This thing is so big and expensive that it took me three weeks before I was brave enough to try to fly it. Been through several crashes but since I’m only flying six feet above ground, the crashes didn’t do any significant damage. Just three plastic rotors which cost about $7 each.

Then I joined the San Diego Drone Club. A little six-year-old boy set me straight: “Just do it” I think he said. So I set out to find a place where I could practice without being a hazard to people or animals. Collier Park across the street was pretty good but I never know how busy it’s going to get on any morning. I might be able to fly for two hours or two minutes. It’s also less than an acre, so if the children or dogs show up early, I’m outta there.

Today I discovered Eucalyptus County Park. It’s almost 6½ acres, and is rather isolated out in Spring Valley, about three miles from me. I arrived at 6:10 this morning and left 1½ hours later. During that time I saw only one other person. So I got a lot of practice in, especially with landing, and learning how to make the drone move in the direction I want it to move. I also got eight still pictures and two videos.

Here are my favorite two pictures from this morning at Eucalyptus Park:

Grove of palm trees from up abovePalm trees from above

Bancroft Drive with Mount San Miguel at upper leftBancroft Drive in Spring Valley CA

And here’s my best video out of four total, two today, taken using the drone’s spinaround mode:

This drone is pretty awesome because of its Intel RealSense Technology. It will communicate with up to 18 satellites to give you GPS, and once it has a lock on GPS, it can pretty much fly itself.

The ST16 Controller has more apps on it than a smart phone and allows you to set so many functions that you will need a margarita by the time you finsh:

Typhoon H ST16 Controller

The Typhoon H also comes with a remote-control called a Wizard:

Typhoon H Wizard

The Wizard is what you will use if you get tired of holding the Controller or it starts getting heavy hanging on the lanyard around your neck. With the Wizard, you can set the Controller down, or give it to a friend to hold, and go walking around. If you put the drone in “Follow me” mode, it will follow you at whatever height you set it for. You can also use “Point to fly” mode and just point the Wizard somewhere and the Typhoon H will fly to that spot. There’s also a “Home” mode which helps the drone get back home if it gets lost. It has an Obstacle Avoidance mode so that it can automatically go around trees and such, and you can create a virtual fence so that, regardless of what you do, you can’t go beyond that fence. Useful for if you lose GPS out in the boondocks and your drone starts to “fly away.” Pictures and videos can be taken using just the Wizard. It truly is a wizard at doing what it does.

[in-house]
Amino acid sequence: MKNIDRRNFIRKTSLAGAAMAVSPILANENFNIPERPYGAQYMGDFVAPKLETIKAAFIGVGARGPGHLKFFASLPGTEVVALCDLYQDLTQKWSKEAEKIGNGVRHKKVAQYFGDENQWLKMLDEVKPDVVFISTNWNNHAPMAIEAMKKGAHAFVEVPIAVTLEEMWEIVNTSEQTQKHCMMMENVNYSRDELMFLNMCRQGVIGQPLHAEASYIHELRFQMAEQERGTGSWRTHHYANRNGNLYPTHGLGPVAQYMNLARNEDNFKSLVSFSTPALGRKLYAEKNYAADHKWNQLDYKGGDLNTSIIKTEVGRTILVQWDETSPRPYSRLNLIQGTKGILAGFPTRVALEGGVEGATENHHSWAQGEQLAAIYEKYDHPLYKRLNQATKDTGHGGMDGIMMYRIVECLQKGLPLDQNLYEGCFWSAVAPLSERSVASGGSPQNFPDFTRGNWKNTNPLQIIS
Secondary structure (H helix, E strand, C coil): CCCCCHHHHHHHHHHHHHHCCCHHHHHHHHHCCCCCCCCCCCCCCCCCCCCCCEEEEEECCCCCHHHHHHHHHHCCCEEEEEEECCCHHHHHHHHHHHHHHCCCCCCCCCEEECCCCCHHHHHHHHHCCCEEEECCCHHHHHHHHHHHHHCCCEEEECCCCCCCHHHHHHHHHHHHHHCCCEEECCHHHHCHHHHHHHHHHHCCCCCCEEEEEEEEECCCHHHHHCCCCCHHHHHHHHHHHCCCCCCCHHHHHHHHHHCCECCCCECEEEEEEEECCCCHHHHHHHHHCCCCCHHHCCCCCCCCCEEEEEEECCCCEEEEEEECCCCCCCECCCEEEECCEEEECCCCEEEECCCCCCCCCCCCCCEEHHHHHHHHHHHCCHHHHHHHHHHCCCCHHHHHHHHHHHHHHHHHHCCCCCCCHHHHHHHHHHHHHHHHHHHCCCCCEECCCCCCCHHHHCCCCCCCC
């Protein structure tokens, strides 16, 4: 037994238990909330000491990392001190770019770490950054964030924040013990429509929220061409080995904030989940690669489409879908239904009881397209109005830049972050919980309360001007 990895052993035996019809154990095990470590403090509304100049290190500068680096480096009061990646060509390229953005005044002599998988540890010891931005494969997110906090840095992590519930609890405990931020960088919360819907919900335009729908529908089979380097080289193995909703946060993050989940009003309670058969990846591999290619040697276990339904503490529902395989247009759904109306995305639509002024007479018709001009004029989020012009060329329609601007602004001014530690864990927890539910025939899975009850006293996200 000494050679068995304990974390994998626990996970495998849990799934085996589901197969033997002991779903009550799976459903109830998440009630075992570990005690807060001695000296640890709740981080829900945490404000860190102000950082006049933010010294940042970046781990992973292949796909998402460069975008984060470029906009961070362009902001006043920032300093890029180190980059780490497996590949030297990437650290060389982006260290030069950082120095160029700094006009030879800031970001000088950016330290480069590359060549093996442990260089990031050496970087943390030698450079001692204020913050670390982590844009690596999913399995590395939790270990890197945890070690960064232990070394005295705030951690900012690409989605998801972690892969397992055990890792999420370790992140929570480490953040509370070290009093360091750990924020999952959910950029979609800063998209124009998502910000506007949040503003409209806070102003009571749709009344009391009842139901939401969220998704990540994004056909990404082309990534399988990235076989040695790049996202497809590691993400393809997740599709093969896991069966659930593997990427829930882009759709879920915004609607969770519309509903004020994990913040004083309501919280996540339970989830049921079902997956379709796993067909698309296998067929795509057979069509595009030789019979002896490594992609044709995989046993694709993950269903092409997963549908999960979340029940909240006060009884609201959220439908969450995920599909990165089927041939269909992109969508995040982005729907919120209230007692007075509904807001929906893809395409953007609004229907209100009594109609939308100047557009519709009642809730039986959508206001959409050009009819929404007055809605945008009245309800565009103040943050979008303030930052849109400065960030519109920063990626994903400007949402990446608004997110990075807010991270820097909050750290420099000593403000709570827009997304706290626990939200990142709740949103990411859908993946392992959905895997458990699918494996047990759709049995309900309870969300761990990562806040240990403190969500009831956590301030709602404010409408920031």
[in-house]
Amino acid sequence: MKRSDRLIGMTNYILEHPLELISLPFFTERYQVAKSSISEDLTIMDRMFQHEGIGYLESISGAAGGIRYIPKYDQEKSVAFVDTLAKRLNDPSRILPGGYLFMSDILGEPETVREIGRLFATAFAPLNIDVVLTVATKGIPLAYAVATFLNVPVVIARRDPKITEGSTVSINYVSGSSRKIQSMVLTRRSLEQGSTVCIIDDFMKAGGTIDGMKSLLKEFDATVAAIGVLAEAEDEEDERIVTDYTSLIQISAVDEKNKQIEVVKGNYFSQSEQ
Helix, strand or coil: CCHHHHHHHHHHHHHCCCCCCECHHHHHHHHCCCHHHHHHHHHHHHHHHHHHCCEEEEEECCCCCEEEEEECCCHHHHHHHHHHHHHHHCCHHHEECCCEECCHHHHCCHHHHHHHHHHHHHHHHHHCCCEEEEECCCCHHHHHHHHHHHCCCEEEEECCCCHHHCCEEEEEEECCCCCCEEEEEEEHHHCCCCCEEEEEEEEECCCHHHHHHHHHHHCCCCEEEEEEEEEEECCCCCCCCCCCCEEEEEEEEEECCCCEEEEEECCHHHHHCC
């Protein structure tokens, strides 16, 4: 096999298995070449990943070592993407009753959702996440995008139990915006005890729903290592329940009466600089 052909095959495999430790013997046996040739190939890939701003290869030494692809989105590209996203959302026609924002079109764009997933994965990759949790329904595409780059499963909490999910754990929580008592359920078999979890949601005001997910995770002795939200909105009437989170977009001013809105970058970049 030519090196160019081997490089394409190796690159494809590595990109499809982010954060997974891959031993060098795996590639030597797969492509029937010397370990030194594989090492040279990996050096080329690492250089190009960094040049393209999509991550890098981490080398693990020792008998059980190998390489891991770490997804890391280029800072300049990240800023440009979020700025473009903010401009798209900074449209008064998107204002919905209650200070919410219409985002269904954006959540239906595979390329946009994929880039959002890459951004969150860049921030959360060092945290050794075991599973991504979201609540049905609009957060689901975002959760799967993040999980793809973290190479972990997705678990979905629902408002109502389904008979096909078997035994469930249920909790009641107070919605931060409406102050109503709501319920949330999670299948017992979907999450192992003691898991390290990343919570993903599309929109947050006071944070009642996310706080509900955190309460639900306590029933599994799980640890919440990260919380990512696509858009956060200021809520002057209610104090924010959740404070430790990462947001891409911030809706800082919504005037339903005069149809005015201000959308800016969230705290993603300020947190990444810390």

Typhoon H batteryThe battery provides about 25 minutes of flying time, takes 1½ hours to recharge, and costs $139.99 (less if you go to eBay). You get two with the drone. I bought two more, so I’ll be taking four batteries with me into the mountains. I’ll be able to recharge one battery using the in-car charger while driving, so it should be rare that I’ll run out of battery juice or flight time.

My only complaint with the Typhoon H at this point is that the videos in mp4 format are huge and crappy. The video in this blog post was 621 MB straight out of the drone and so crappy that I would be embarrassed to show it to anyone. So I took it to Wondershare Filmora, my video editing program, and simply saved it with a different name. Now it looks awesome and is only 81 MB. Can’t explain that one. Apparently the Chinese have a different mp4 format.

I have more on my mind with the Typhoon H than just playing with it, though. I want to get pictures of abandoned railroad tracks for my railroad research in areas that are somewhat inaccessible out in the East San Diego County mountains. My hiking days are behind me, especially if the hike involves going down into a rocky canyon and up the other side. The canyons are steep but are rarely more than a mile across, and if they are, there are roads to get me closer. With this drone, if I can get within a mile, I can get it the rest of the way.

Eventually I’ll get an FAA 107 commercial drone license so I can do real estate photography and figure out other ways to use this drone to make money.

Thanks for stopping by! See you next time!

This post approved by
This post approved by Zoey the Cool Cat

Cold & wet—not my kind of weather

Out & About

I spent a couple of hours in La Jolla yesterday taking pictures and videos of the splashing waves of the King Tide as well as wildlife that was enjoying the cold, wet weather, something that I was not exactly doing myself.

I know that big waves can be destructive but they sure are fun to watch.

Spring tide in La Jolla CA 1/11/17

One of the better photos of the crashing waves because it also shows the harbor seals and, at the lower right, that little pup seemingly wondering if it’s safe to go in.

Spring tide in La Jolla CA 1/11/17

The stairs down to the beach, except that when the tide is this high, there is no beach.

Spring tide in La Jolla CA 1/11/17

There were many birds and seals hoping to get their 15 minutes of fame in a WordPress blog.

Harbor seal pups at Children's Pool in La Jolla CA

Bird at the Cove in La Jolla CA

About six months ago I bought a new Canon Rebel 760D because it has a tilt/swivel screen which makes it easier to take pictures and videos from weird positions, and auto focusing for videos. I haven’t really learned to use the auto focusing yet. Either that or it just plain is abysmal. That’s one of the reasons why I was out taking videos yesterday, to find out exactly what I have and how to use it. Here is a 55-second video of the crashing waves at the Children’s Pool in La Jolla:

Pictures copyright 2012 Russel Ray Photos

This post approved by Zoey the Cool Cat